Some education advocates are criticizing a Pennsylvania Senate proposal to revamp how public charter schools start, expand, and receive funding — because it would remove a check on the growth of the alternative schools.
A plan before a key legislative committee would allow charter schools to increase their enrollment without the approval of the school district that first authorized their charter.
School districts are the proper entities to authorize charter schools because the districts must ensure that all students are educated, including the students with the greatest needs, said David Lapp, a former charter school teacher and now a staff attorney with the Education Law Center.
“School districts are … charged exactly with that under the law, that their job is to ensure that all students receive a quality education,” Lapp said. “When charters expand without any management, it concentrates those student groups more heavily in school districts and gives them less funding and less ability to adequately serve them.”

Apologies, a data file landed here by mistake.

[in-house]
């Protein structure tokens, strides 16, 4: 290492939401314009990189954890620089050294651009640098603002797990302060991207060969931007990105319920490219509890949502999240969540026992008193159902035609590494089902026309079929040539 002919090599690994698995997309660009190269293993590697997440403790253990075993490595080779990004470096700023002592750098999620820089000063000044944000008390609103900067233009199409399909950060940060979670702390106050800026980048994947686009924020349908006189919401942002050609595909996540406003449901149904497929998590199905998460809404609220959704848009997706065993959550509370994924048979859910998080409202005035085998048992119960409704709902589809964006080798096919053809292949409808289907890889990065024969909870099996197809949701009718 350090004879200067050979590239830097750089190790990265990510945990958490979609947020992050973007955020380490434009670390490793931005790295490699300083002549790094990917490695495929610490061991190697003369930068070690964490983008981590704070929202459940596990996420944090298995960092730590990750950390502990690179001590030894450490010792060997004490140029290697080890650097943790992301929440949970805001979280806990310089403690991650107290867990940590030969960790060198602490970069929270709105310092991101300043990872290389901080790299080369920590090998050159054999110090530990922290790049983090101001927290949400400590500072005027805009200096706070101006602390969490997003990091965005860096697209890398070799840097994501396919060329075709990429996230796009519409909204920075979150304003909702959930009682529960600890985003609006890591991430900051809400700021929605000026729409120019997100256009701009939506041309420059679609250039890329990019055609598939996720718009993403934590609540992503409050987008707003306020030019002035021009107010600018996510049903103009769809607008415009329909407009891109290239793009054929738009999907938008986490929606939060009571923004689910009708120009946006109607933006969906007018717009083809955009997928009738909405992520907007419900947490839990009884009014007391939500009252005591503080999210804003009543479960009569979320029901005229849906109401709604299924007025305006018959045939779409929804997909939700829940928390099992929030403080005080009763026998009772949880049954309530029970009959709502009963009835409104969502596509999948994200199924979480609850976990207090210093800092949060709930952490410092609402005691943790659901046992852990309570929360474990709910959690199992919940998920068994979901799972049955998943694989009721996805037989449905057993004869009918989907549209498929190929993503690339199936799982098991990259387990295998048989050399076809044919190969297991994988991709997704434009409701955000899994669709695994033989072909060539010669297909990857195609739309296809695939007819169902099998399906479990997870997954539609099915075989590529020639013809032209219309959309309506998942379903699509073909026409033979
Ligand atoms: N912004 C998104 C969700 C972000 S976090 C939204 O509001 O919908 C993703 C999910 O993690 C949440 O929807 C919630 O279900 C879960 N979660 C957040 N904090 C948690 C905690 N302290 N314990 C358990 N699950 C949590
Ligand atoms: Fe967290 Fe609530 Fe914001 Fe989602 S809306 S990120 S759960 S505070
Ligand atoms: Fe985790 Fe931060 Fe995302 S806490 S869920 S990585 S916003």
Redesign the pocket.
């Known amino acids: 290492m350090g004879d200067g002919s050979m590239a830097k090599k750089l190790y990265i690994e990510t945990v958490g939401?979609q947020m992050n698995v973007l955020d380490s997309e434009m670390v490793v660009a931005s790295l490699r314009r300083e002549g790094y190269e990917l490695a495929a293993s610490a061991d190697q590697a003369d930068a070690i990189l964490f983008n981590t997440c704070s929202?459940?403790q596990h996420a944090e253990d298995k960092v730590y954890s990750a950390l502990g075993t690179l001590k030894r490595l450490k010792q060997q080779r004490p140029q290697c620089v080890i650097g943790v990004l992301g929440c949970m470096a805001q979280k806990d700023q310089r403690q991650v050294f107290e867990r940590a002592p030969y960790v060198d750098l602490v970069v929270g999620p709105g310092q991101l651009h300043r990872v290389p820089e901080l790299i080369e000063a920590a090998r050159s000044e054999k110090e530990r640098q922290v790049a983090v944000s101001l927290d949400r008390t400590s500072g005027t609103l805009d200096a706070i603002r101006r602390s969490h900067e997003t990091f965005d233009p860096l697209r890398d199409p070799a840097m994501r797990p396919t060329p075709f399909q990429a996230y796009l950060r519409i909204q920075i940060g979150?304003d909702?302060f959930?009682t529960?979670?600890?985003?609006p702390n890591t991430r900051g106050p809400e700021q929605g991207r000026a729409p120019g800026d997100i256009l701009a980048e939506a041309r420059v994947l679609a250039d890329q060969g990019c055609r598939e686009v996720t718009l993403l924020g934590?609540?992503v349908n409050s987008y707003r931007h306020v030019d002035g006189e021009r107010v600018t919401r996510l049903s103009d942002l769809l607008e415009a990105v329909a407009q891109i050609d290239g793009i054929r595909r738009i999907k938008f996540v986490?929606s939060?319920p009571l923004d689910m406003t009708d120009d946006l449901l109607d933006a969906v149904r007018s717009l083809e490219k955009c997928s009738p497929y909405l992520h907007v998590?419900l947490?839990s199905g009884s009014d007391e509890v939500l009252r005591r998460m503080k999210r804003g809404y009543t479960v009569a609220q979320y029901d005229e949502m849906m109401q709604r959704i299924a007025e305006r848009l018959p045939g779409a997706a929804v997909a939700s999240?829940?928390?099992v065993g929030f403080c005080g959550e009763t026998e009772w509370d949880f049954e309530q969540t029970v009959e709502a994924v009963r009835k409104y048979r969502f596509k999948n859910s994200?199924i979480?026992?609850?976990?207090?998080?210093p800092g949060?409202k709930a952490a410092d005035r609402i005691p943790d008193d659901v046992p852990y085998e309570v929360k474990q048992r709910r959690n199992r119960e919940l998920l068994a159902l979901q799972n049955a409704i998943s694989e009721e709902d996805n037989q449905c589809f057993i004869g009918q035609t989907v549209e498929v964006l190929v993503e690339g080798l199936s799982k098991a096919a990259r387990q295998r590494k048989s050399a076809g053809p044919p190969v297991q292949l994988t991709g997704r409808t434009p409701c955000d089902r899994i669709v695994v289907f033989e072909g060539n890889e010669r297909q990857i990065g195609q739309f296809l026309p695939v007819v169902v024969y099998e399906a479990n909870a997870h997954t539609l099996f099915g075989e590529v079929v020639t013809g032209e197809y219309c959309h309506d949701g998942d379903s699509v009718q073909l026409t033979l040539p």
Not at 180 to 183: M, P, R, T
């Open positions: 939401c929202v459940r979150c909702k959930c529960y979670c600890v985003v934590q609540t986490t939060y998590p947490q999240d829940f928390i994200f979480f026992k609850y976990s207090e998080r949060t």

The proposal’s sponsor, state Sen. Lloyd Smucker, R-Lancaster, said the plan is meant to make it easier for charters to grow, while increasing accountability — for instance, requiring audits.
The bill ensures the schools will accept at-risk students, he said.
Such language must be more explicit, according to the Education Law Center.